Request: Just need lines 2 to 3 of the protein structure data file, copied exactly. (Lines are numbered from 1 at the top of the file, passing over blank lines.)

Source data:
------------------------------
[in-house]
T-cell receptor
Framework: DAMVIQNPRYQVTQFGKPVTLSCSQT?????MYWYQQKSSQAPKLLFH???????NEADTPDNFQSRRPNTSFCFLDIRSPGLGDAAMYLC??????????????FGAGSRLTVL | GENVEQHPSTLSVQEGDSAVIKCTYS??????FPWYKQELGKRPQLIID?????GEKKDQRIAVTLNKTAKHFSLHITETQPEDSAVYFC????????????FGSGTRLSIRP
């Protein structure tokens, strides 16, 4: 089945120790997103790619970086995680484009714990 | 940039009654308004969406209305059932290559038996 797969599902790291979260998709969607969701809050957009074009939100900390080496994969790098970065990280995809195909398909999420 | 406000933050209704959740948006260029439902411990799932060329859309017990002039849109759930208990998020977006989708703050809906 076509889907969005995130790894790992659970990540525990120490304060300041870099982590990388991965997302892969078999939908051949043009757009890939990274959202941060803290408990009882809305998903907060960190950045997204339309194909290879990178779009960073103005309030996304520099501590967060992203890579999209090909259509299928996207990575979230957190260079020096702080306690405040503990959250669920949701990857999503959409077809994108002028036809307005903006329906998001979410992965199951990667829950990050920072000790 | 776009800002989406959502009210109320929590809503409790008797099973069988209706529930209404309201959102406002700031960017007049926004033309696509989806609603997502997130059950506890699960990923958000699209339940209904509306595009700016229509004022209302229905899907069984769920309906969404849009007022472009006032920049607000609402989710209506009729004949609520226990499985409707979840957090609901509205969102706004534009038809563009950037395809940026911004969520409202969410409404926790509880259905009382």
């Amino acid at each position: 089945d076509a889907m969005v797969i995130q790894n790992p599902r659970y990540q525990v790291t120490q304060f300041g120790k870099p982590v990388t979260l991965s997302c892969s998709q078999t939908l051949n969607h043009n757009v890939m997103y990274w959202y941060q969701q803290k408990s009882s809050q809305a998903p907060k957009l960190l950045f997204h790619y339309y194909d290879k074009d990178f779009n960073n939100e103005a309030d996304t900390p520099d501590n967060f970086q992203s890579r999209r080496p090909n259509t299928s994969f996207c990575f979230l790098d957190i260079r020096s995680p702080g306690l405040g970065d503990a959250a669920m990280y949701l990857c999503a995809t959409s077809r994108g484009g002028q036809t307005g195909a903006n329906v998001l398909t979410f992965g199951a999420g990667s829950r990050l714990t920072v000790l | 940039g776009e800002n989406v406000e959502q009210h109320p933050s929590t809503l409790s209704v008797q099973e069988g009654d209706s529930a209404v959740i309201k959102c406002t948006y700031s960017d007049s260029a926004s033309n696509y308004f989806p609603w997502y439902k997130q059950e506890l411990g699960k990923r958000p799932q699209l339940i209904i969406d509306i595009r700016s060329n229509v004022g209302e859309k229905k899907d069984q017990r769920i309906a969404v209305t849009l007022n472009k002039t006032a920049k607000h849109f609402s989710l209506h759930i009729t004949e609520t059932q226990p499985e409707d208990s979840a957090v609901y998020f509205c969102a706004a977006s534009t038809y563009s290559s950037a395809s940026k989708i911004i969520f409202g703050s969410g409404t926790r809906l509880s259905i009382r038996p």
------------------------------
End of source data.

T-cell receptor
Framework: DAMVIQNPRYQVTQFGKPVTLSCSQT?????MYWYQQKSSQAPKLLFH???????NEADTPDNFQSRRPNTSFCFLDIRSPGLGDAAMYLC??????????????FGAGSRLTVL | GENVEQHPSTLSVQEGDSAVIKCTYS??????FPWYKQELGKRPQLIID?????GEKKDQRIAVTLNKTAKHFSLHITETQPEDSAVYFC????????????FGSGTRLSIRP